As breadwinning moms increase so do dads seeking spousal support

Women are the sole or primary breadwinners in 4 out of 10 households with children, according to a 2013 report by the Pew Research Center. This has happened by choice, by chance, or by need per a new survey of 2,000 working moms and dads conducted by Working Mother Media.

These moms and dads speak out about how they feel about their roles.

The 'pleased' vs. 'reluctant' breadwinning mom

Breadwinning moms who didn't choose to be the primary earners in their families tend to feel less satisfied about their lives than women who consciously selected the role:

29% of the moms said they became breadwinners by choice;

71% fell into the role by circumstance, chance or luck;

Whereas, 59% of breadwinning dads said they chose the role.

Child care

89% of the "pleased" moms were satisfied with how much their spouse or partner took care of the children;

versus

58% for the "reluctant" breadwinners.

Household chores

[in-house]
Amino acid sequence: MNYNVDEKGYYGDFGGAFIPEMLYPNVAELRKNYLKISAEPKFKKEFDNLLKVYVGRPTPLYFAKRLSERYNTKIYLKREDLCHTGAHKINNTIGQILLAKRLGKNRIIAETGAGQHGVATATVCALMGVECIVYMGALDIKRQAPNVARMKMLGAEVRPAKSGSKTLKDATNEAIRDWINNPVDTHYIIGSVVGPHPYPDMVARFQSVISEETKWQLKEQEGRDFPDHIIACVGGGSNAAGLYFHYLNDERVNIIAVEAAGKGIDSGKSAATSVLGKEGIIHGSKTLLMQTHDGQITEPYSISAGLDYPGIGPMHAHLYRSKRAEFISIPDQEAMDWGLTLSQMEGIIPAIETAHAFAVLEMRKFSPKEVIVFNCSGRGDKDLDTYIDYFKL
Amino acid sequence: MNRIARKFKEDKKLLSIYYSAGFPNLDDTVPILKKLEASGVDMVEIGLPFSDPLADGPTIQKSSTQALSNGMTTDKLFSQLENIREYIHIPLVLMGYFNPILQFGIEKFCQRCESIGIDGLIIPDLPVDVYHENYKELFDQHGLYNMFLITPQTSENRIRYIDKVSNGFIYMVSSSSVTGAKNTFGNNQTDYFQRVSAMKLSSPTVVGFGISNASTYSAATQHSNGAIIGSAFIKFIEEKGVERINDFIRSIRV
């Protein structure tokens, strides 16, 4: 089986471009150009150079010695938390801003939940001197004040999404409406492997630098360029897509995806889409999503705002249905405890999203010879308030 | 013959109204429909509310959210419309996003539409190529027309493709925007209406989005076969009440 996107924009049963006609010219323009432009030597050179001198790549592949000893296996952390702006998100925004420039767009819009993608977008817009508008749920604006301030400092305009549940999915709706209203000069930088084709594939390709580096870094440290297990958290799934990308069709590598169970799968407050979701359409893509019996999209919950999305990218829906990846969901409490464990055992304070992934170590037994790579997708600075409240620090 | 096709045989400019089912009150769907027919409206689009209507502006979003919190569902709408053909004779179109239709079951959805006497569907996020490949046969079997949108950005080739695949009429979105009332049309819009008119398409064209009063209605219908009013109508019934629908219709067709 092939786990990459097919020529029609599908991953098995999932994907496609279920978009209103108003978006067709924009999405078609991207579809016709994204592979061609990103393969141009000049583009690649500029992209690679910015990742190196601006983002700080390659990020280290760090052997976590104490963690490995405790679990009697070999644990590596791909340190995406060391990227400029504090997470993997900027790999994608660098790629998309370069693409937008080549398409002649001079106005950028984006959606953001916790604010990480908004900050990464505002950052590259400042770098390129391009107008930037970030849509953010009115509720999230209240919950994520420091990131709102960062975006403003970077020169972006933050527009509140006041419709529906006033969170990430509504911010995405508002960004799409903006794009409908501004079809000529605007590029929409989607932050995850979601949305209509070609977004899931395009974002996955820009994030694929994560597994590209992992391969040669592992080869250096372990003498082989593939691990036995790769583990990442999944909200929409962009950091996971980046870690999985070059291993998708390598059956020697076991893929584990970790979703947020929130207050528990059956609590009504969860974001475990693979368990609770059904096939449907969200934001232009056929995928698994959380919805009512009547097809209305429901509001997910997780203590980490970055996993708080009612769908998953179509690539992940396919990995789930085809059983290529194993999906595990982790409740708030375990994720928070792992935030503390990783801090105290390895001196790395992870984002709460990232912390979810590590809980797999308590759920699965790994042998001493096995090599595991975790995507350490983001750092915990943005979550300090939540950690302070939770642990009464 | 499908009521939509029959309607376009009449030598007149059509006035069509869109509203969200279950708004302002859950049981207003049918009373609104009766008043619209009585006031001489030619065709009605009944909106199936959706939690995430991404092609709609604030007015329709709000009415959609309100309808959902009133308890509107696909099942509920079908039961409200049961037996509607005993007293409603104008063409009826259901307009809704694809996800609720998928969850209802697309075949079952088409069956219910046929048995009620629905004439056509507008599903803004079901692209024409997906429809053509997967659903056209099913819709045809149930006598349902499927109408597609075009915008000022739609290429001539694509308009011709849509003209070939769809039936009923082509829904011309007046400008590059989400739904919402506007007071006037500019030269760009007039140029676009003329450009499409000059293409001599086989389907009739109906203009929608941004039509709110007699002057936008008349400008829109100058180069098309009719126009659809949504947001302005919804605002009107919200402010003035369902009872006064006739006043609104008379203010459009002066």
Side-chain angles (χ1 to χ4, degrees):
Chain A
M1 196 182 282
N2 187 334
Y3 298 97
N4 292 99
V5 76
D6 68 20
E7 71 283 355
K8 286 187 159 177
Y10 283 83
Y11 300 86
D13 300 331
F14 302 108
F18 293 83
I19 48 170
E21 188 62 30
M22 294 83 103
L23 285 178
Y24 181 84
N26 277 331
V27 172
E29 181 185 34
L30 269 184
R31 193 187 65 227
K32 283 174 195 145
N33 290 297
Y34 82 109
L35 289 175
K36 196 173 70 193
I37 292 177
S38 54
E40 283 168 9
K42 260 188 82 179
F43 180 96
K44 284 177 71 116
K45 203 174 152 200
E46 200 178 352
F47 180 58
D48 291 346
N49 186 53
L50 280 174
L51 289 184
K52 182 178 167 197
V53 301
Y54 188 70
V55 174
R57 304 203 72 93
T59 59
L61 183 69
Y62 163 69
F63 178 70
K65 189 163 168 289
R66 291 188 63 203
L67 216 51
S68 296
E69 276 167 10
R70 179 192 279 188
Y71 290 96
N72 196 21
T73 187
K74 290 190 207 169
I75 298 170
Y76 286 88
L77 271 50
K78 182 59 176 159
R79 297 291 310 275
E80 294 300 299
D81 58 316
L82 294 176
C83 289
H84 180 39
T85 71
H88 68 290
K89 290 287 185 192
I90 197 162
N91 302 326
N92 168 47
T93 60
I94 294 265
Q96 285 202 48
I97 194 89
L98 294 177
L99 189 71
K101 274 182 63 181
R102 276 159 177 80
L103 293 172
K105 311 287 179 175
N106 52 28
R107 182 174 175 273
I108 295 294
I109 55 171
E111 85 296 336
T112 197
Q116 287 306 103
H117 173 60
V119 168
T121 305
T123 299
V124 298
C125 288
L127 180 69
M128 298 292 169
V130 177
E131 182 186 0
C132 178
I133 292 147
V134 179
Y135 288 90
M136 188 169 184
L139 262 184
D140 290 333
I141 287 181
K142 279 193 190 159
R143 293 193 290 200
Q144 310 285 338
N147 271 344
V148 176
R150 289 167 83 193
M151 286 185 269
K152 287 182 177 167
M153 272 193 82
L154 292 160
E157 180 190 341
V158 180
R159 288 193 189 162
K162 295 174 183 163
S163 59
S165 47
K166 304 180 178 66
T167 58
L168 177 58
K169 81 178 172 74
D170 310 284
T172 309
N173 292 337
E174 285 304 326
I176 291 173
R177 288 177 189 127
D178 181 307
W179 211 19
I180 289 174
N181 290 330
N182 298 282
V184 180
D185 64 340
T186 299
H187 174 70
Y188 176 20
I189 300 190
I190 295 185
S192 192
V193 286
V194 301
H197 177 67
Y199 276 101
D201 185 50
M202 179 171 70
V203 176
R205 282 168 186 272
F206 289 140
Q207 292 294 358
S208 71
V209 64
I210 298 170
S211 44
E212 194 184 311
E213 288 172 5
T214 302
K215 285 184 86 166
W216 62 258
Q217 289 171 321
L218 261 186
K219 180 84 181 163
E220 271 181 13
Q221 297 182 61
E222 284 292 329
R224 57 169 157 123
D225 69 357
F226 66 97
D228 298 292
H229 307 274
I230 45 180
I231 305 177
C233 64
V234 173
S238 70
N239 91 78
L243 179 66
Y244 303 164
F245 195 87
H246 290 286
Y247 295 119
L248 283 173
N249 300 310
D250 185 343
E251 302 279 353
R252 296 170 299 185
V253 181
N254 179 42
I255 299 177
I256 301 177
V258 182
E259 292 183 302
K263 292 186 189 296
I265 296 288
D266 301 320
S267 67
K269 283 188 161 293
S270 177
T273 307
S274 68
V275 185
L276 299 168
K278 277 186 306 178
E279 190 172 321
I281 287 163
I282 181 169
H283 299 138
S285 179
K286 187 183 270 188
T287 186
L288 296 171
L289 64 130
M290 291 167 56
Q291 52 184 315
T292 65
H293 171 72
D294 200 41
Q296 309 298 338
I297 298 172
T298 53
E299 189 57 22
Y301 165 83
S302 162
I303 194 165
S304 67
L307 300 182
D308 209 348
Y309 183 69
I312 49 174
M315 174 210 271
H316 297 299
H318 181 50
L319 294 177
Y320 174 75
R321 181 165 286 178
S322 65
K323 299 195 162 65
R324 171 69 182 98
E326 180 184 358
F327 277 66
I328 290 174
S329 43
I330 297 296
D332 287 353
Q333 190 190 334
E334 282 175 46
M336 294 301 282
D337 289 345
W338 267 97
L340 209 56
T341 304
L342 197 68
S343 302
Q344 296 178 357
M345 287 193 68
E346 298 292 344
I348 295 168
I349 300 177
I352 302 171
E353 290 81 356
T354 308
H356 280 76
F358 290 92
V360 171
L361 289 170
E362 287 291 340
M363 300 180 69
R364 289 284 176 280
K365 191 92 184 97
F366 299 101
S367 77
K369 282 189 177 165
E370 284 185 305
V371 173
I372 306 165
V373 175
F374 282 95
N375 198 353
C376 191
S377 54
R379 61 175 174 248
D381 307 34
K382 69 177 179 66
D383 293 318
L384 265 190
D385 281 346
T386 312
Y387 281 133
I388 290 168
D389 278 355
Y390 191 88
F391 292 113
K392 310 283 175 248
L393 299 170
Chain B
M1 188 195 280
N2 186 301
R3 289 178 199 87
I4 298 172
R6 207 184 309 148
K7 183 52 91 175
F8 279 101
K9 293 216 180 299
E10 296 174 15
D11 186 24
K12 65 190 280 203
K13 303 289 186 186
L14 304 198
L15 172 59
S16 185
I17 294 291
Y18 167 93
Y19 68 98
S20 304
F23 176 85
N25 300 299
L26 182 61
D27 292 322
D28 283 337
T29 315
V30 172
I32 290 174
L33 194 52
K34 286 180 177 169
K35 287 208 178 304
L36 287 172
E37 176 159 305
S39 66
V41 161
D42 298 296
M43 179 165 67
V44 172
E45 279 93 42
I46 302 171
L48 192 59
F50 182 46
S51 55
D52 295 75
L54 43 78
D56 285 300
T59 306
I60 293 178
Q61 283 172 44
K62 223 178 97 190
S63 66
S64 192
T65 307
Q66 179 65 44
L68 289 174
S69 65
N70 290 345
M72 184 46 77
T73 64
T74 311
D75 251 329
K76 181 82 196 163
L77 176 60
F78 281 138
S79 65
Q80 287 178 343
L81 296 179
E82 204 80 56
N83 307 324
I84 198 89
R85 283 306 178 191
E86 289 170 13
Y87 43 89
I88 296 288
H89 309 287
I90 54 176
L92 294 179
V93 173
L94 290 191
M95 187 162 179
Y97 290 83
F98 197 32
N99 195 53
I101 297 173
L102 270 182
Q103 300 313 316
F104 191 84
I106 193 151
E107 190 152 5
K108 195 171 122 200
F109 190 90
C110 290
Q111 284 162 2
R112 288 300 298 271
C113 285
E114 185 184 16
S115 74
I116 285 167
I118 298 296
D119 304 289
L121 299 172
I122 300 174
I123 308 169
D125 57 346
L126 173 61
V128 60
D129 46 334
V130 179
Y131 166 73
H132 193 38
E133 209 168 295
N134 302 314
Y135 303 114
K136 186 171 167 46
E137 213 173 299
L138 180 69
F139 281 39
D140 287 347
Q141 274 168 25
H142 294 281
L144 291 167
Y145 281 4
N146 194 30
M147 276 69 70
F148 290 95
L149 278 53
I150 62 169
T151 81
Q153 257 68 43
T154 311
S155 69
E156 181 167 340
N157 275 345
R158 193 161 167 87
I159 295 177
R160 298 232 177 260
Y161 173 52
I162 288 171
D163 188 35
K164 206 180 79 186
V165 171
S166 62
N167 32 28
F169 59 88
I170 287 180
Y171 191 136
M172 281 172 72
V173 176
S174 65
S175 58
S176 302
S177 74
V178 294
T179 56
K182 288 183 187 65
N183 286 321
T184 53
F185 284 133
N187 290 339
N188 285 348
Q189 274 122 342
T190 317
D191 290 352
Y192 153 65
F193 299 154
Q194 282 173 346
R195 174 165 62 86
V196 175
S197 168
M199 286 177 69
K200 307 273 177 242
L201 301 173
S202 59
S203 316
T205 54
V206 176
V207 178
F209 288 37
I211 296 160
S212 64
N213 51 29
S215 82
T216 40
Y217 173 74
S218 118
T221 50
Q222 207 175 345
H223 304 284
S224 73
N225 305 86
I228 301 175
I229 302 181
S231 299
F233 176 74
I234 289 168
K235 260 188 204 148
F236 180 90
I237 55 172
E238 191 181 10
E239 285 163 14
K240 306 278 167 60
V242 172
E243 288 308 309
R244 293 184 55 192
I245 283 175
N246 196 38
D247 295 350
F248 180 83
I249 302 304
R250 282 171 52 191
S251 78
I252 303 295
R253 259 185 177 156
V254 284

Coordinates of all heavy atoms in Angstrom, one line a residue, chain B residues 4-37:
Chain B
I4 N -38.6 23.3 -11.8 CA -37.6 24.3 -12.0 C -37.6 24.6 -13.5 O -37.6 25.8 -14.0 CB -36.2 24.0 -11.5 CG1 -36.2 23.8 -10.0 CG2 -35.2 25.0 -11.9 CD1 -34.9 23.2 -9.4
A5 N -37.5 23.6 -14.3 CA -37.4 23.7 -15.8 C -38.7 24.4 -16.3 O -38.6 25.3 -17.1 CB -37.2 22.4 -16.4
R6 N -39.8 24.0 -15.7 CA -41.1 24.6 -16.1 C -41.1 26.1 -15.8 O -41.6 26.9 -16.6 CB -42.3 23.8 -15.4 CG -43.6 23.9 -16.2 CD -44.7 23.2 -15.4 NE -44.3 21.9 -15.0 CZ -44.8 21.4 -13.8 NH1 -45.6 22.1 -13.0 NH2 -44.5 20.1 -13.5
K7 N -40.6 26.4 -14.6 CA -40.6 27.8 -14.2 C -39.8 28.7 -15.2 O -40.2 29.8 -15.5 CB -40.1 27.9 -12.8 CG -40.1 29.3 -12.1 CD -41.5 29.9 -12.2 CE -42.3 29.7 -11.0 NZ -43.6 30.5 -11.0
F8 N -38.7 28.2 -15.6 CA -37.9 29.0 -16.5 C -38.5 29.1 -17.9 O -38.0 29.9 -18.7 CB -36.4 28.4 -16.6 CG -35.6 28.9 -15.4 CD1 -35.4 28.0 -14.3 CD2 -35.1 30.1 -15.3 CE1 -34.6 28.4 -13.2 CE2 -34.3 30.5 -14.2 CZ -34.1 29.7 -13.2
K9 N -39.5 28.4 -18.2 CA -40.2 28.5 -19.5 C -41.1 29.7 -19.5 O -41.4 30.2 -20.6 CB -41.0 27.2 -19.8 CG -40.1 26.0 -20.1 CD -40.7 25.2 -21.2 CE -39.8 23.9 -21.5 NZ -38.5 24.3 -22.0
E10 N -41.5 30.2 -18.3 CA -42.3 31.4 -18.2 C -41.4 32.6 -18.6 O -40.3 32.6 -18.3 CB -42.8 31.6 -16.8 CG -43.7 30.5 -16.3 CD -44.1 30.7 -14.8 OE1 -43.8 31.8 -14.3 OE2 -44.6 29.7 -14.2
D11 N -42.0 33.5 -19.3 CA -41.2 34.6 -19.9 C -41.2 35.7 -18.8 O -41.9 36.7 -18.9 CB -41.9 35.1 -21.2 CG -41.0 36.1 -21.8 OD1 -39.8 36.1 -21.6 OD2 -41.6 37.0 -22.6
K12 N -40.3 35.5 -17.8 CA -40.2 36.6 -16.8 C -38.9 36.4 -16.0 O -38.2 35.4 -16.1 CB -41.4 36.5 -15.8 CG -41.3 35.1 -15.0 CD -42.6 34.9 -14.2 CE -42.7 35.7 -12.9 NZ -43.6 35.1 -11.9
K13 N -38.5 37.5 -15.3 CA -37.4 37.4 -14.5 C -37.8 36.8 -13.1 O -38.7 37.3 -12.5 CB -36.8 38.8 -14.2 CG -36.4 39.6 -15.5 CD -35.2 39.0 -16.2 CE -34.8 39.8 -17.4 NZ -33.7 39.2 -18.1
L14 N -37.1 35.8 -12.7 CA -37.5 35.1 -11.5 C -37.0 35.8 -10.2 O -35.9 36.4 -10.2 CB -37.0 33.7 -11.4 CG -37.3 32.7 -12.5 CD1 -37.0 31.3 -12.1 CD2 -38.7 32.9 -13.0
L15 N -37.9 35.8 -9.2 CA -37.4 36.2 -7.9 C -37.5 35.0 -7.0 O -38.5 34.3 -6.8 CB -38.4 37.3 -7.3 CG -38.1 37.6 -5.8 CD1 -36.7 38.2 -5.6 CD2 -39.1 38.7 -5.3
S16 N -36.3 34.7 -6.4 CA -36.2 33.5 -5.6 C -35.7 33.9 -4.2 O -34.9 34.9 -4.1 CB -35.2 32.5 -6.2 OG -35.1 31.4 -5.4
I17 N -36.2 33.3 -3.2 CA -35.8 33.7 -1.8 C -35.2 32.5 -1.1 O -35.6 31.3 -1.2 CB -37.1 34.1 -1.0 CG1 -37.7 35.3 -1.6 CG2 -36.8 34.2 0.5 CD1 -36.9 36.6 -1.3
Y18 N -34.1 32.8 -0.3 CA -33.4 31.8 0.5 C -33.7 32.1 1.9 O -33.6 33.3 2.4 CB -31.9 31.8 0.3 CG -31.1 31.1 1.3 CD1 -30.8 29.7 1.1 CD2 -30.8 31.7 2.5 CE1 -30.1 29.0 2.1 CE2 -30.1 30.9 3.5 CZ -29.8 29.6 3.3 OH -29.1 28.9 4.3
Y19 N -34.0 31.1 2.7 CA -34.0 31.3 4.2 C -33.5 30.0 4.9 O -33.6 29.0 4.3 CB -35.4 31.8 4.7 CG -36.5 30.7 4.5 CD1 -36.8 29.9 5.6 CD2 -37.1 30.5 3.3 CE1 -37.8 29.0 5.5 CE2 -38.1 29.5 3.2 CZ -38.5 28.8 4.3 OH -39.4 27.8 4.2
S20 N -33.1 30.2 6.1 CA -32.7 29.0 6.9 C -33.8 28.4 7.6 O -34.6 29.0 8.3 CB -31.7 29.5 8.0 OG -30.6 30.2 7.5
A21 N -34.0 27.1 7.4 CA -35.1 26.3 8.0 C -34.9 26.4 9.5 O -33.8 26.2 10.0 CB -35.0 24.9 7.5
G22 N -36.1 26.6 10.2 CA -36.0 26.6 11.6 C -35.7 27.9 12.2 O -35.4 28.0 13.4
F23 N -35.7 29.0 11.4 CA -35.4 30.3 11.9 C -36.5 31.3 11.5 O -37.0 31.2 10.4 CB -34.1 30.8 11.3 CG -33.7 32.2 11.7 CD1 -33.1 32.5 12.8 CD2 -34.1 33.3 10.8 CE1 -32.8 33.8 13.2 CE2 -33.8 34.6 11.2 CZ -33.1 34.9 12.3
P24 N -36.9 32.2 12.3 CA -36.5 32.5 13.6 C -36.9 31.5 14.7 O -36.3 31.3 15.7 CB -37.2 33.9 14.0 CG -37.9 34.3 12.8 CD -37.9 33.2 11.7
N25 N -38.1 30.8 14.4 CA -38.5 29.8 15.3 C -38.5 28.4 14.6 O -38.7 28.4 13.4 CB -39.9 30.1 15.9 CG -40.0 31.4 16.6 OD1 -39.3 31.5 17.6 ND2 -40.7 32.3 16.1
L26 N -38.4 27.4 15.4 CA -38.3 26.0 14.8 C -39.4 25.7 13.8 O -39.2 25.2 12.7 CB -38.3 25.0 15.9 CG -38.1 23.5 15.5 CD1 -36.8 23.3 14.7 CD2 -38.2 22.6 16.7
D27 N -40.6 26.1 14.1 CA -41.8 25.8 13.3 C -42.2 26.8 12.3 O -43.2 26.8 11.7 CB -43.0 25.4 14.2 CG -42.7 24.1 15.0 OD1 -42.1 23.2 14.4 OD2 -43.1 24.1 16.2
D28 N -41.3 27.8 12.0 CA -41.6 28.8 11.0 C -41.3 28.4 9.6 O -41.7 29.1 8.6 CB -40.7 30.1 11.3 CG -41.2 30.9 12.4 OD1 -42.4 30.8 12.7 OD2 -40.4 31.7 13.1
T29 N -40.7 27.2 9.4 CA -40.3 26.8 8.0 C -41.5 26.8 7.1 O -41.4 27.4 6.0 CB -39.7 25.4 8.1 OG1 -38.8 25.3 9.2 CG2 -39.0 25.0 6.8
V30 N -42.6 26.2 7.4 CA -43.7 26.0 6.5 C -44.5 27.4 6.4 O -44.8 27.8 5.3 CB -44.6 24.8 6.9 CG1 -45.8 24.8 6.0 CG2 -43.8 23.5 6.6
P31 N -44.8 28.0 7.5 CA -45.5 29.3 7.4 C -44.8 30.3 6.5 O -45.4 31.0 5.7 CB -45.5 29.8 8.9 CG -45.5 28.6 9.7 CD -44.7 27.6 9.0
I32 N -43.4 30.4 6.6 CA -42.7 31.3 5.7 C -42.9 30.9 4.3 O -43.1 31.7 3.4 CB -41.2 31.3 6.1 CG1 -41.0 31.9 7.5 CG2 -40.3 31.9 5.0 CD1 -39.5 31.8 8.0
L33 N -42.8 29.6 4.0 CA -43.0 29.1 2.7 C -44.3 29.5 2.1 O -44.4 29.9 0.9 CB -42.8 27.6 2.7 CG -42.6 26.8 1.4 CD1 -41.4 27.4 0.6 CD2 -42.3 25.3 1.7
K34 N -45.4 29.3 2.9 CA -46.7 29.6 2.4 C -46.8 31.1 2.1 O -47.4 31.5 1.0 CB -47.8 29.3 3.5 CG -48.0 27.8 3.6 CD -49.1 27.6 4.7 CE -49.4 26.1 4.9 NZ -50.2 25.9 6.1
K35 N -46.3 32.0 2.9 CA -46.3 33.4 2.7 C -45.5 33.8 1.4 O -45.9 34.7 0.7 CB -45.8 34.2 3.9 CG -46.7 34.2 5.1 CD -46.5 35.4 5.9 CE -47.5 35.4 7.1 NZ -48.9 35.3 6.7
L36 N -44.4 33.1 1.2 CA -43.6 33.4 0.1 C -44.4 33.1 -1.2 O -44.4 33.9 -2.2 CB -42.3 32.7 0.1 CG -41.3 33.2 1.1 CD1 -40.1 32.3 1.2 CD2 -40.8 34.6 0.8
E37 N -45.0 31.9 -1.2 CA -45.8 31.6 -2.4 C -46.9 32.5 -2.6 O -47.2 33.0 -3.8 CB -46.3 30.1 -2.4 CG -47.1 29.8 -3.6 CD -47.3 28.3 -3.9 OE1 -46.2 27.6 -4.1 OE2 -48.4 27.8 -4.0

75% of "pleased" breadwinning moms were satisfied with how chores were divided;

versus

48% for the "reluctant" breadwinners.

Satisfaction with family life

76% of men were happy with the division of household responsibilities;

versus

60% of women, and 71%

85% of men were happy with how the child care is being handled, versus of women.

The thing both breadwinning moms and dads agreed on was how expectations about family roles still need to change, with 74% of breadwinning moms and 72% of dads saying society remains more comfortable with men as the primary earners.

However, in the article, More men get alimony from their ex-wives, a rise in men asking ex-wives for spousal support is also increasing as more women become breadwinners. Although up-to-date numbers are unclear, according to 2010 Census records, of the 400,000 people receiving spousal support, only 3 percent were men. Fast forward to 2013, when the American Academy of Matrimonial Lawyers surveyed its 1,600 members and found that 47 percent had noticed an increase in the number of women who are paying alimony.

As women increasingly become chief breadwinners, and with the ascent of stay-at-home fathers, the number of men seeking alimony from their ex-wives is expected to rise as social mores change.

At Stange Law Firm, PC, we represent both men and women in matters of divorce, child custody, child support, paternity and other domestic relations issues. Stange Law Firm focuses exclusively on family law. Contact us online or by calling 1-855-805-0595.

Sources: Reluctant breadwinner moms are less happy, Kelly Wallace, CNN

More men get alimony from their ex-wives, Geoff Williams, Reuters